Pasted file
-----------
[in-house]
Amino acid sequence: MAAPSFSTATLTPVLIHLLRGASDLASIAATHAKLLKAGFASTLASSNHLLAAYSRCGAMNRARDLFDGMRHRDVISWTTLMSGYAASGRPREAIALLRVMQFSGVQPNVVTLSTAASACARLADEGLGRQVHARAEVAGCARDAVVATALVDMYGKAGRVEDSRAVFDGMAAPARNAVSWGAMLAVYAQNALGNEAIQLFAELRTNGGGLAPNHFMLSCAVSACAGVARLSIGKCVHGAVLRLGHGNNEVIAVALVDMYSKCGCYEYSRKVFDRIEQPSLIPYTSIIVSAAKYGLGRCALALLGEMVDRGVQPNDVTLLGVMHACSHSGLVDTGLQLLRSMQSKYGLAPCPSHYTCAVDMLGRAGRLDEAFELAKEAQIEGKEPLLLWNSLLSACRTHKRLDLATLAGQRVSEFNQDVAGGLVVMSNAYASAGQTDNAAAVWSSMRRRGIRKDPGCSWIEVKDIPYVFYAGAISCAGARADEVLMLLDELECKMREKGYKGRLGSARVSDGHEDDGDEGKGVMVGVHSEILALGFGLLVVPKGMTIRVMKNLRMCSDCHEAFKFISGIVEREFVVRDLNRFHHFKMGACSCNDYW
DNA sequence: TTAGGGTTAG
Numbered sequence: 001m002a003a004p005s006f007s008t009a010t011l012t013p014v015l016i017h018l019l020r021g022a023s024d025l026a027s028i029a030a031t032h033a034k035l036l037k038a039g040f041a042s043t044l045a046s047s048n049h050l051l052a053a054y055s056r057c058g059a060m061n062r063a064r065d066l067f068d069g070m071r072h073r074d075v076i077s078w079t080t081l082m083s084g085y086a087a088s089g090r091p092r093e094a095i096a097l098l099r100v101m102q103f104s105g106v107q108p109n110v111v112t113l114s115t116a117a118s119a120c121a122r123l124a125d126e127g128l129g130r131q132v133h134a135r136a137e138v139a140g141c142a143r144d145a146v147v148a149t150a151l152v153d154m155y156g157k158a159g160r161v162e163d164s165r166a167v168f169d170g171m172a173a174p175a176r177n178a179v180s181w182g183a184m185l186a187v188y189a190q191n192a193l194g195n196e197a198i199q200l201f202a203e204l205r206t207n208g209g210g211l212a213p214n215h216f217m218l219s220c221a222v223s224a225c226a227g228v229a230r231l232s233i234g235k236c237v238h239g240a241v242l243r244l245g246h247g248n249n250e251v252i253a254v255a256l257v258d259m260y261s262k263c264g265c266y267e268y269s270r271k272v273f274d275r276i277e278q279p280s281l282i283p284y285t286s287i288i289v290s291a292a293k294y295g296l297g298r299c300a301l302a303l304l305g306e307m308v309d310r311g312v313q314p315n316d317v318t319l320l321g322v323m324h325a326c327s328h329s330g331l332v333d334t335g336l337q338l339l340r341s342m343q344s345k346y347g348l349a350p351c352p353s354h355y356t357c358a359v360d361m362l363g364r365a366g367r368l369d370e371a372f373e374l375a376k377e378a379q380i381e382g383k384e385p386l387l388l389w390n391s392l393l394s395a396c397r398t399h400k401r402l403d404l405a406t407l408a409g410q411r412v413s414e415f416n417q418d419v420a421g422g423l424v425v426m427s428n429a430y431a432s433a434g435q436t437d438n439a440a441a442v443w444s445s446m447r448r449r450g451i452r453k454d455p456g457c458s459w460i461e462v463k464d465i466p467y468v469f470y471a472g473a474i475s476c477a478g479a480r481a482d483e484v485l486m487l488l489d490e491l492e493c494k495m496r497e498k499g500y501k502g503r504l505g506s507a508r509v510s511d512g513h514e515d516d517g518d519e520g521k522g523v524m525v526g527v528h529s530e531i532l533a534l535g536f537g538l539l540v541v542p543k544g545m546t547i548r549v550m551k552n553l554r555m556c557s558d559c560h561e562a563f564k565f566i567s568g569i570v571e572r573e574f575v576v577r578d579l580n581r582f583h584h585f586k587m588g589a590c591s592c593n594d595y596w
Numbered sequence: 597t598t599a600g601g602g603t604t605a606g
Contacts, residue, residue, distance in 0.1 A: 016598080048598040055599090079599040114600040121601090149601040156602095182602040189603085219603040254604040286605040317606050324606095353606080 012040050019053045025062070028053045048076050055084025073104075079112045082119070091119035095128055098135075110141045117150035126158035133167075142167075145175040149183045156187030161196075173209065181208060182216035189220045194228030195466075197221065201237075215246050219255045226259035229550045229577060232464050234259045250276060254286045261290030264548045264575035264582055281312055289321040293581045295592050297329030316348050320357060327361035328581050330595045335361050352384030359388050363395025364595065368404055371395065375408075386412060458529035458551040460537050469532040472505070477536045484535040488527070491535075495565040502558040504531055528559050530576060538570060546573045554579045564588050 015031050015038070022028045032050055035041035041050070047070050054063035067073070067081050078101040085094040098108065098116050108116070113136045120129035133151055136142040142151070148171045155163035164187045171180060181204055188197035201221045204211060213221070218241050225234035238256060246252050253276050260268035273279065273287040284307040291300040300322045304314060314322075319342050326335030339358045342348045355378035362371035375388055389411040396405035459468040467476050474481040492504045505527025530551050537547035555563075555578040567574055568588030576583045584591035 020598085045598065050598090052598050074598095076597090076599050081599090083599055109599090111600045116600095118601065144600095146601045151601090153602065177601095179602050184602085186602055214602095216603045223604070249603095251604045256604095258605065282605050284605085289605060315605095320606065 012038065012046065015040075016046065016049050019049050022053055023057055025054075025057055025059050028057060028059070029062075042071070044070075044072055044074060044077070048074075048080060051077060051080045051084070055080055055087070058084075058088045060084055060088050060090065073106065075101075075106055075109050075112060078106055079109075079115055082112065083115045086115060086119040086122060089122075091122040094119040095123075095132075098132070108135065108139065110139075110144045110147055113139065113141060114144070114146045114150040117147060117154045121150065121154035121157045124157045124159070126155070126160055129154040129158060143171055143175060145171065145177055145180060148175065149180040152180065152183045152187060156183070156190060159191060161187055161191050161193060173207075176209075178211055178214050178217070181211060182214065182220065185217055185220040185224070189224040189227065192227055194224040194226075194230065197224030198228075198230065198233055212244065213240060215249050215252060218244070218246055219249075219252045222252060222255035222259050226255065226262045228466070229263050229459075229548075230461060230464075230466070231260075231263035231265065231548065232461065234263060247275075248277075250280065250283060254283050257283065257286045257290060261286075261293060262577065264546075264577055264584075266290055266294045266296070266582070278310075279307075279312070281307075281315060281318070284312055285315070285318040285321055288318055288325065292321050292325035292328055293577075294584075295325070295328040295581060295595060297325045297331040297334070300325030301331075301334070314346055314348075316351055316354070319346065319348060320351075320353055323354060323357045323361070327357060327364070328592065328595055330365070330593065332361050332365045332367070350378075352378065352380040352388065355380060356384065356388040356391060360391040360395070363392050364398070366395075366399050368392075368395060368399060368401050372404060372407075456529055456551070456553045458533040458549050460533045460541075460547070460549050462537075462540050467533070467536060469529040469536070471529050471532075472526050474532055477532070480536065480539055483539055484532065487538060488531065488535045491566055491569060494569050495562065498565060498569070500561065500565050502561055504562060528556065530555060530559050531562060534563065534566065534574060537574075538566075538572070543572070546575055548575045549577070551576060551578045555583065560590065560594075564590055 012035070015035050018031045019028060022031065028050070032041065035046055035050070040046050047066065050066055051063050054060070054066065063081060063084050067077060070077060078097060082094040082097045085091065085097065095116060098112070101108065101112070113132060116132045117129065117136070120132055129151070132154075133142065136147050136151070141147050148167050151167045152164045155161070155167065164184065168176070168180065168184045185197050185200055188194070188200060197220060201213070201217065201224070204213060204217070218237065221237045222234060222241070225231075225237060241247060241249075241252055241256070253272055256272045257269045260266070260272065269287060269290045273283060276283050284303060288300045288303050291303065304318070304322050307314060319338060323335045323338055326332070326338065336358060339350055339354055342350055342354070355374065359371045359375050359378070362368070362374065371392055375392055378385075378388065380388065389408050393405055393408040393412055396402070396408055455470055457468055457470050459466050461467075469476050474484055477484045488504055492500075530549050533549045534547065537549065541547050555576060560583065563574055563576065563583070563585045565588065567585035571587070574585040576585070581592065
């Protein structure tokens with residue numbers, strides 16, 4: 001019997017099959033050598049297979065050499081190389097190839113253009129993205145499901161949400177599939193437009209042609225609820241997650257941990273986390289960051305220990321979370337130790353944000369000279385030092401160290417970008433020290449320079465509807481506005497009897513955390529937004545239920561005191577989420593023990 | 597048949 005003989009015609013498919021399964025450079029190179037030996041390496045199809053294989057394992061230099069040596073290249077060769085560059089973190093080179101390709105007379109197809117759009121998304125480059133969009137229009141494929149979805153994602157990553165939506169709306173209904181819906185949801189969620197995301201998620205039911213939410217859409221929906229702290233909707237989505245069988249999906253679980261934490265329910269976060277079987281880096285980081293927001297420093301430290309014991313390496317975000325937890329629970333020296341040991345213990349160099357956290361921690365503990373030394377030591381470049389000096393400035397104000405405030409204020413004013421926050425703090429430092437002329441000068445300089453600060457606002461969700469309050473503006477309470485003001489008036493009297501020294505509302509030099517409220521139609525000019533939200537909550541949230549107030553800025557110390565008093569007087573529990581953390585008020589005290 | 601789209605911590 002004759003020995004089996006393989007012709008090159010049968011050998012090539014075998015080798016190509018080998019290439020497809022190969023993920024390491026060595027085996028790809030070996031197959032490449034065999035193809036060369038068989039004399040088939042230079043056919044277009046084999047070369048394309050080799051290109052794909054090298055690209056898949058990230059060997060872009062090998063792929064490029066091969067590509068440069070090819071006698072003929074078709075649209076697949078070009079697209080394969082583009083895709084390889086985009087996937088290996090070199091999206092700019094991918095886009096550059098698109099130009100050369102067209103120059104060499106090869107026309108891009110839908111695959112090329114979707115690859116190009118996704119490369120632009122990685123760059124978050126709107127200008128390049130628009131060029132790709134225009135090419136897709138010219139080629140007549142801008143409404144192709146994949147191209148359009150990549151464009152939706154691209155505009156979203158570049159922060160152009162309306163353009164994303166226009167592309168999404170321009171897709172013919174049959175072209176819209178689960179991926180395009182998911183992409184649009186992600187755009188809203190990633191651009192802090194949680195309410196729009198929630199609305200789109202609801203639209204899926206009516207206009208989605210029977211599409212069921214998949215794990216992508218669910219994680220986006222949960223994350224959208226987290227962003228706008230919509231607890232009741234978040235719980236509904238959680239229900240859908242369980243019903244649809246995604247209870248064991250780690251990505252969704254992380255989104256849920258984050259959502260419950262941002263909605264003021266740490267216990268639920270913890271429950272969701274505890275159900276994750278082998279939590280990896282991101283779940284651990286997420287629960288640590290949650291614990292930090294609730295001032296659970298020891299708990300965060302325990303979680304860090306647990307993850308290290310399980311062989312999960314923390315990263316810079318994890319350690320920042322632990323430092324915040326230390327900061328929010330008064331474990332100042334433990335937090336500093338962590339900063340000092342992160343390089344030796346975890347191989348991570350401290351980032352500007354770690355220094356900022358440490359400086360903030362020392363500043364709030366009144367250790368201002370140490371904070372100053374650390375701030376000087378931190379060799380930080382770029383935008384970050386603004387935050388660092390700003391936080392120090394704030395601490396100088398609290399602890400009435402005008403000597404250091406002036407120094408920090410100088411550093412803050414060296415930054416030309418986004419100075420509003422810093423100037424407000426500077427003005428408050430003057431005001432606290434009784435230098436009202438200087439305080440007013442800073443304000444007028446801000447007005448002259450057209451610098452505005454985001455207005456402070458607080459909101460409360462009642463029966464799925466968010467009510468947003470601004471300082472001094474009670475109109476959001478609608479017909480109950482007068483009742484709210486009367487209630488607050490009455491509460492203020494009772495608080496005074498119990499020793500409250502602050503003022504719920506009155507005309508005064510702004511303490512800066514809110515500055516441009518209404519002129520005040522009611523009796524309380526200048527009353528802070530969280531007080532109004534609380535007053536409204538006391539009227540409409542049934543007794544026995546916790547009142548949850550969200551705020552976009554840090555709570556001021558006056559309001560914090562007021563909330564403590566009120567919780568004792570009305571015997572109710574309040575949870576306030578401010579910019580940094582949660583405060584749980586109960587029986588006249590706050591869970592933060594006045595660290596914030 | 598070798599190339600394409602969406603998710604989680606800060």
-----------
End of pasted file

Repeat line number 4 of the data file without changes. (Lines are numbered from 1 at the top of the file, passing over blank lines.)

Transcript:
Numbered sequence: 001m002a003a004p005s006f007s008t009a010t011l012t013p014v015l016i017h018l019l020r021g022a023s024d025l026a027s028i029a030a031t032h033a034k035l036l037k038a039g040f041a042s043t044l045a046s047s048n049h050l051l052a053a054y055s056r057c058g059a060m061n062r063a064r065d066l067f068d069g070m071r072h073r074d075v076i077s078w079t080t081l082m083s084g085y086a087a088s089g090r091p092r093e094a095i096a097l098l099r100v101m102q103f104s105g106v107q108p109n110v111v112t113l114s115t116a117a118s119a120c121a122r123l124a125d126e127g128l129g130r131q132v133h134a135r136a137e138v139a140g141c142a143r144d145a146v147v148a149t150a151l152v153d154m155y156g157k158a159g160r161v162e163d164s165r166a167v168f169d170g171m172a173a174p175a176r177n178a179v180s181w182g183a184m185l186a187v188y189a190q191n192a193l194g195n196e197a198i199q200l201f202a203e204l205r206t207n208g209g210g211l212a213p214n215h216f217m218l219s220c221a222v223s224a225c226a227g228v229a230r231l232s233i234g235k236c237v238h239g240a241v242l243r244l245g246h247g248n249n250e251v252i253a254v255a256l257v258d259m260y261s262k263c264g265c266y267e268y269s270r271k272v273f274d275r276i277e278q279p280s281l282i283p284y285t286s287i288i289v290s291a292a293k294y295g296l297g298r299c300a301l302a303l304l305g306e307m308v309d310r311g312v313q314p315n316d317v318t319l320l321g322v323m324h325a326c327s328h329s330g331l332v333d334t335g336l337q338l339l340r341s342m343q344s345k346y347g348l349a350p351c352p353s354h355y356t357c358a359v360d361m362l363g364r365a366g367r368l369d370e371a372f373e374l375a376k377e378a379q380i381e382g383k384e385p386l387l388l389w390n391s392l393l394s395a396c397r398t399h400k401r402l403d404l405a406t407l408a409g410q411r412v413s414e415f416n417q418d419v420a421g422g423l424v425v426m427s428n429a430y431a432s433a434g435q436t437d438n439a440a441a442v443w444s445s446m447r448r449r450g451i452r453k454d455p456g457c458s459w460i461e462v463k464d465i466p467y468v469f470y471a472g473a474i475s476c477a478g479a480r481a482d483e484v485l486m487l488l489d490e491l492e493c494k495m496r497e498k499g500y501k502g503r504l505g506s507a508r509v510s511d512g513h514e515d516d517g518d519e520g521k522g523v524m525v526g527v528h529s530e531i532l533a534l535g536f537g538l539l540v541v542p543k544g545m546t547i548r549v550m551k552n553l554r555m556c557s558d559c560h561e562a563f564k565f566i567s568g569i570v571e572r573e574f575v576v577r578d579l580n581r582f583h584h585f586k587m588g589a590c591s592c593n594d595y596w